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tech has been proven - they wait for the first review, see that it works and has been refined, then they jump on board.” The Volt now has over 500 million miles under its fan belt - the beta test is over, and it’s time for the luxury buyer to experience what the technology can do. Several reviewers have expressed a bit of sticker shock at the lofty price of the ELR - Consumer Reports said the car is “priced out of its league,” while Automobile believes it will face tough competition not only from the Model S but from the BMW and Mercedes coupés. MSRP starts at $75,000, compared to $34,185 for the 2014 Volt. Both cars are built on GM’s Delta II platform, use the Voltec propulsion system, and have similar performance specs. Will buyers really pay double the price to experience the ELR’s luxury features? Absolutely, says GM. The electrified luxury vehicle represents a new portion of the market. Those who

Photos courtesy of GM

Charged spoke with Kevin Kelly, GM’s Manager of Electrification Technology Communications, as well as ELR Chief Engineer Chris Thomason and Product Manager Darin Gesse. They told us that the rationale behind GM’s strategy had to do with the newness of the technology. The combination of an electric powertrain with a gasoline range extender was something that had never been available before, and early Volt customers knew that they were taking a risk by buying the vehicles. As Gesse told us, many Volt buyers are the type of customers who could afford a luxury car, but want to be on the cutting edge. That customer base has been a huge asset for GM, offering invaluable feedback on their real-world experience with the car. However, the luxury car buyers who will be interested in the ELR are not the beta-testing type. “They are our fast followers, who want to be part of the change, but they want to make sure the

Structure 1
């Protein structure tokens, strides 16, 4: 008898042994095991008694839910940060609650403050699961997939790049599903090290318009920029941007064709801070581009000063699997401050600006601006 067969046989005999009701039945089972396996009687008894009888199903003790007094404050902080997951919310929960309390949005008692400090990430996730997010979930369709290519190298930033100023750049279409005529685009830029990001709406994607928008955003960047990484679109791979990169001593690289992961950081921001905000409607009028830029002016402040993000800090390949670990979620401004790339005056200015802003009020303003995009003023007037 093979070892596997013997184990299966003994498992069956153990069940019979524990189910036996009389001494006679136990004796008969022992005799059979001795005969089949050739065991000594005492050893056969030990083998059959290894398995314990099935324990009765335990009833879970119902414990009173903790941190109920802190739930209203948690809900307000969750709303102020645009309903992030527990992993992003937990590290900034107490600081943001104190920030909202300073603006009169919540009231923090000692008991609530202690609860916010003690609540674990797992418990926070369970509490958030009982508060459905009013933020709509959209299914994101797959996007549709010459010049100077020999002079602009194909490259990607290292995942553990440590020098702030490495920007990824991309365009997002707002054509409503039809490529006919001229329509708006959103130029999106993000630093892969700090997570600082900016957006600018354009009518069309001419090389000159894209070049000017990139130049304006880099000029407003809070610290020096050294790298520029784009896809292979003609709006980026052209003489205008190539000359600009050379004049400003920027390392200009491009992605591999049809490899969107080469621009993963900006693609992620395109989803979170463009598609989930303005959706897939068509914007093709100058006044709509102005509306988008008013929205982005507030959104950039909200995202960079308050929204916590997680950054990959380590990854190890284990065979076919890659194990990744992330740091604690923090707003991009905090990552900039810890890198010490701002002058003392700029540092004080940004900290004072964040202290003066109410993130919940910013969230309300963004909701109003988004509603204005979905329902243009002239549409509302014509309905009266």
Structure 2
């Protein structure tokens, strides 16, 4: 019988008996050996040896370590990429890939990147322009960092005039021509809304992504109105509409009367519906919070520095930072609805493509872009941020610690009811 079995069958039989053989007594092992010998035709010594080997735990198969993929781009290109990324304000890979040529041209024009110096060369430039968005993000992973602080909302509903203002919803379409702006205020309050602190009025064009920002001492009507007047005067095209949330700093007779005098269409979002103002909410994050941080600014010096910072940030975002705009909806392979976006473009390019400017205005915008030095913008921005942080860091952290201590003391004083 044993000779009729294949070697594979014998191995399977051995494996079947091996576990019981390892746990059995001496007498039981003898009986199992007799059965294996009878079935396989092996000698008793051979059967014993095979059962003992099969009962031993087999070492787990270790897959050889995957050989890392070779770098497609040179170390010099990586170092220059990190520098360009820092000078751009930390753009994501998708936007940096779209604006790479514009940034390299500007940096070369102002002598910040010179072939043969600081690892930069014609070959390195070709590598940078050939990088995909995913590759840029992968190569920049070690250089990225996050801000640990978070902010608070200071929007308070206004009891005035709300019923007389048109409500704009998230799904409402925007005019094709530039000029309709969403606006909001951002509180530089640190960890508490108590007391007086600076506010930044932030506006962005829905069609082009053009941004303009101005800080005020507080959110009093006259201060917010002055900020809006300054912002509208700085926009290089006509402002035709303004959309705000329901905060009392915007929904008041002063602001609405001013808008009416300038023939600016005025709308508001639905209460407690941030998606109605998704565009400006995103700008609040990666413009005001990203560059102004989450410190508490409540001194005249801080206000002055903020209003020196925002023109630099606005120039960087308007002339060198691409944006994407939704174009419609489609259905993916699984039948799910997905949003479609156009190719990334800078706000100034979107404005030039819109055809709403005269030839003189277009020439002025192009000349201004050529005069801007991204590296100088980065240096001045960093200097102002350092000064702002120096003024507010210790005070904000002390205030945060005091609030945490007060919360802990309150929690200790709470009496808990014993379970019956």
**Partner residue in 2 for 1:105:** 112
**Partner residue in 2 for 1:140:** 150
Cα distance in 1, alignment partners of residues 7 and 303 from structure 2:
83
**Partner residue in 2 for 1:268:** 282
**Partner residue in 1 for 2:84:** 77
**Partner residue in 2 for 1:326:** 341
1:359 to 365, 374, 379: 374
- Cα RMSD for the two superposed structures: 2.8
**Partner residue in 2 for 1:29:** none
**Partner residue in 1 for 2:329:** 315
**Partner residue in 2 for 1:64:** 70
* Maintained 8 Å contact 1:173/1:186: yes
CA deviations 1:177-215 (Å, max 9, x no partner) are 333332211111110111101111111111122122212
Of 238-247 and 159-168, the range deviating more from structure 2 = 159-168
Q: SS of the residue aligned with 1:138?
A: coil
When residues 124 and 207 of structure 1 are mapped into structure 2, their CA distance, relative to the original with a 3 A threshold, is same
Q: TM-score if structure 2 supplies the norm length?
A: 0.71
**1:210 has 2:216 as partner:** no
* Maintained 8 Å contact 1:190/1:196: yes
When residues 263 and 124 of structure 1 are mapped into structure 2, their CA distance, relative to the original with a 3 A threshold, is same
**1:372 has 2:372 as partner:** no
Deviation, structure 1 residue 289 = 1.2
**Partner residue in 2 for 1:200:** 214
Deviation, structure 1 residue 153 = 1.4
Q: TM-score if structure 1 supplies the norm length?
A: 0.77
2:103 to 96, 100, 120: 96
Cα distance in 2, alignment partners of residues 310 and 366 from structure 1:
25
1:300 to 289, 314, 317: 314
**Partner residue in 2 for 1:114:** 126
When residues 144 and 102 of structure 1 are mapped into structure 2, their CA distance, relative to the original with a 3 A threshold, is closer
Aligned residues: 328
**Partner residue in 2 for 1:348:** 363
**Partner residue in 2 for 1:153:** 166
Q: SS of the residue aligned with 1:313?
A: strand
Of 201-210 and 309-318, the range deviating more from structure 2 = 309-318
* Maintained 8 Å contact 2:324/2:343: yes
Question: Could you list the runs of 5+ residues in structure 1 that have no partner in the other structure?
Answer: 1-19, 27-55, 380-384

CHARGED Electric Vehicles Magazine - Iss 11 DEC 2013  

CHARGED Electric Vehicles Magazine - Iss 11 DEC 2013